Snigdha's Notebook ✍️

Physics - Introduction to the Fundamentals

February 9, 2021

**Disclaimer: this is not a coherent lesson plan in any way, I'm just tranferring notes from my physical notebook to here for my personal retention. This is not really meant for anyone's learning purpose because the diagrams I drew with my side comments are not being transferred here. Hope you enjoy anyway! :D

What is physics?

It’s difficult to define exactly what physics is. For one, physics keeps changing as we progress and make new discoveries. New theories don't just bring new answers. They also create new questions that might not have even made sense when viewed from within the previous theory of physics. Although this is what makes physics so cool, it also forces attempts at defining physics into generalizations about what physics has been rather than what it might be at some point in the future.

So, I'll break down what physicists actually try to do:

I. Precisely define the most fundamental measurable quantities in the universe (e.g., velocity, electric field, kinetic energy). The effort to find the most fundamental description of the universe is a quest that has historically always been a big part of physics.

II. Find relationships between those fundamental measured quantities (e.g., Newton’s Laws, conservation of energy, special relativity). These patterns and correlations are expressed using words, equations, graphs, charts, diagrams, models, and any other means that allow us to express a relationship in a way that we as humans can better understand and use. Math makes things simpler.

Trying to describe an extremely complex universe with clarifying laws is what physics is all about :)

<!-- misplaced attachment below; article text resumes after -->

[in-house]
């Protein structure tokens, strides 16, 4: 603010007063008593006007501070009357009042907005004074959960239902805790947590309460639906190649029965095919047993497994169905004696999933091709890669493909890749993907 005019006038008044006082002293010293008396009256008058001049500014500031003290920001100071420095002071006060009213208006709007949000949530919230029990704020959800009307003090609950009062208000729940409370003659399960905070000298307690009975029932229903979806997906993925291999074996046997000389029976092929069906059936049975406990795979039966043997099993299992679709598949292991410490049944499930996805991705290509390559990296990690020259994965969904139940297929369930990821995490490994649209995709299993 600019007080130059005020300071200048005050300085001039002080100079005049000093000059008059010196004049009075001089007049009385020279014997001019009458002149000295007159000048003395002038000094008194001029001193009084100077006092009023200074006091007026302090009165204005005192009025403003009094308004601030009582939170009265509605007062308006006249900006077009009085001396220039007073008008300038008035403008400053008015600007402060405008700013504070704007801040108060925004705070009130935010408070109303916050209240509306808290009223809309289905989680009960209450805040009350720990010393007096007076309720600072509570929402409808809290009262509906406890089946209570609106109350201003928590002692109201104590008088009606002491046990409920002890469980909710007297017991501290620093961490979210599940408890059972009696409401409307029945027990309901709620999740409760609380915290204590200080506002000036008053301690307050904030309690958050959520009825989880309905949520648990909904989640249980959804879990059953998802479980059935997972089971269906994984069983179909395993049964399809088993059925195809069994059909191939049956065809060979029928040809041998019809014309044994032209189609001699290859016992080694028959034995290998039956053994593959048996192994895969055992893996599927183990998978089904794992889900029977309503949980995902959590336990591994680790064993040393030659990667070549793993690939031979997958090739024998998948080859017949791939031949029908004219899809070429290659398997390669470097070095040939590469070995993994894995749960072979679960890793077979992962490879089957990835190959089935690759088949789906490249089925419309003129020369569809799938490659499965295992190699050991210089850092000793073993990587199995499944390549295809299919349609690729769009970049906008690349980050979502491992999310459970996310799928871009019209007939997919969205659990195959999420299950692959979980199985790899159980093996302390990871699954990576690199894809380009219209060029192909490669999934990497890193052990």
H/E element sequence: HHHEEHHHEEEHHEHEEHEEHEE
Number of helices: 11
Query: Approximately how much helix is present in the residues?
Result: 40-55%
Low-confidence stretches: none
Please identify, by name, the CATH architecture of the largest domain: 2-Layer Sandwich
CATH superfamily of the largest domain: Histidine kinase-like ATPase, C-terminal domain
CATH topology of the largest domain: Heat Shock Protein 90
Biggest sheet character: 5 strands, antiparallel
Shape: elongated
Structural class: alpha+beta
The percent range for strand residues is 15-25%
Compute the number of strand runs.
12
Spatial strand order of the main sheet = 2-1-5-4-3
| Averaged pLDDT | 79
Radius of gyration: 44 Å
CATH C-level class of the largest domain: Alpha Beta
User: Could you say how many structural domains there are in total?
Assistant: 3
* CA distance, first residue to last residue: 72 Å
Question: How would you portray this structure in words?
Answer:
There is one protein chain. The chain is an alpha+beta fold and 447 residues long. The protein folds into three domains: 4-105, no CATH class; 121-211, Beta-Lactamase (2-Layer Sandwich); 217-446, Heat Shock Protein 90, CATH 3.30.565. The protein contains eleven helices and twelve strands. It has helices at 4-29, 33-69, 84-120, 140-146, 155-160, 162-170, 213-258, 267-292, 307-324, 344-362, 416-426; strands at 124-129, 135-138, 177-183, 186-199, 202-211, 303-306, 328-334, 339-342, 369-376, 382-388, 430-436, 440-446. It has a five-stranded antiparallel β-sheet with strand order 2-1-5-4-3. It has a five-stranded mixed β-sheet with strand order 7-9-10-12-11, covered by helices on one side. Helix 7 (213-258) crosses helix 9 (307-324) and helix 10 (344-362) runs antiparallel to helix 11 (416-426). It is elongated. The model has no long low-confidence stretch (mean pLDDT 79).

Let's define some key terms

Coordinate system - System we define to describe position. The origin is the point we label as zero. Coordinate systems also define directions for positive and negative numbers.

Position - Location of an object relative to the origin. We often use the symbol "x" to refer to position.

Displacement - The change in position of an object. We use the symbol Δx for displacement, where Δ means "change." A vector quantity with units of distance.

Distance - Total amount the object has moved. This depends on the whole path traveled, not just the starting and ending points. Distance traveled is always a non-negative number. A scalar quantity with units of distance.

Reference frame / frame of reference - A point of view from which measurements can be made. All frames of reference are equally valid.

Scalar Quantity - A distance that only shows magnitude, not direction

Vector Quantity - A distance that shows magnitude and direction

Rules to Know

Distance, Displacement, Velocity

  • Distance is always positive, displacement can be negative and positive
  • Distance is the amount total traveled
  • Displacement is the exact amount of units it took to get to the final position
  • Scalar quantities are the speed and distance, where they will always be positive
  • Vector quantities are the velocity and displacement where they can also be negative, depending on the direction
  • D = VT where D = distance or displacement AND V = velocity or speed. T = time
  • Average speed = distance / time where Average velocity = displacement / time


  • Acceleration tells you how fast the speed -- or really, the velocity is changing
  • acceleration - change in velocity / change in time
    • final velocity - initial velocity / time = change in velocity
  • Any time the acceleration is positive, velocity will increase. Negative acceleration makes negative velocity
  • Vf = V0 + at which means that the final velocity = initial velocity + acceleration(time)

Gravitational Acceleration and Projectile Motion

  • G = -9.8 m/2^2 is the gravitational acceleration for the earth, it's a solid rule
  • Projectile Motion - a projectile is an object that is moving under the influence of gravity (friction and air resistance is ignored)
  • Gravitational acceleration affects vertical acceleration, not horizontal acceleration

Newton's Laws of Motion

  • 1st law of motion - An object at rest will remain at rest unless acted on by a force. An object in motion will continue in motion unless acted on by a net force.

  • 2nd law of motion - The net force of an object is equal to the mass times the acceleration.

    • F = m*a /// Fnet = mass * acceleration
  • 3rd law of motion - for every action (force) in nature there is an equal and opposite reaction. In other words, if object A exerts a force on object B, then object B also exerts an equal and opposite force on object A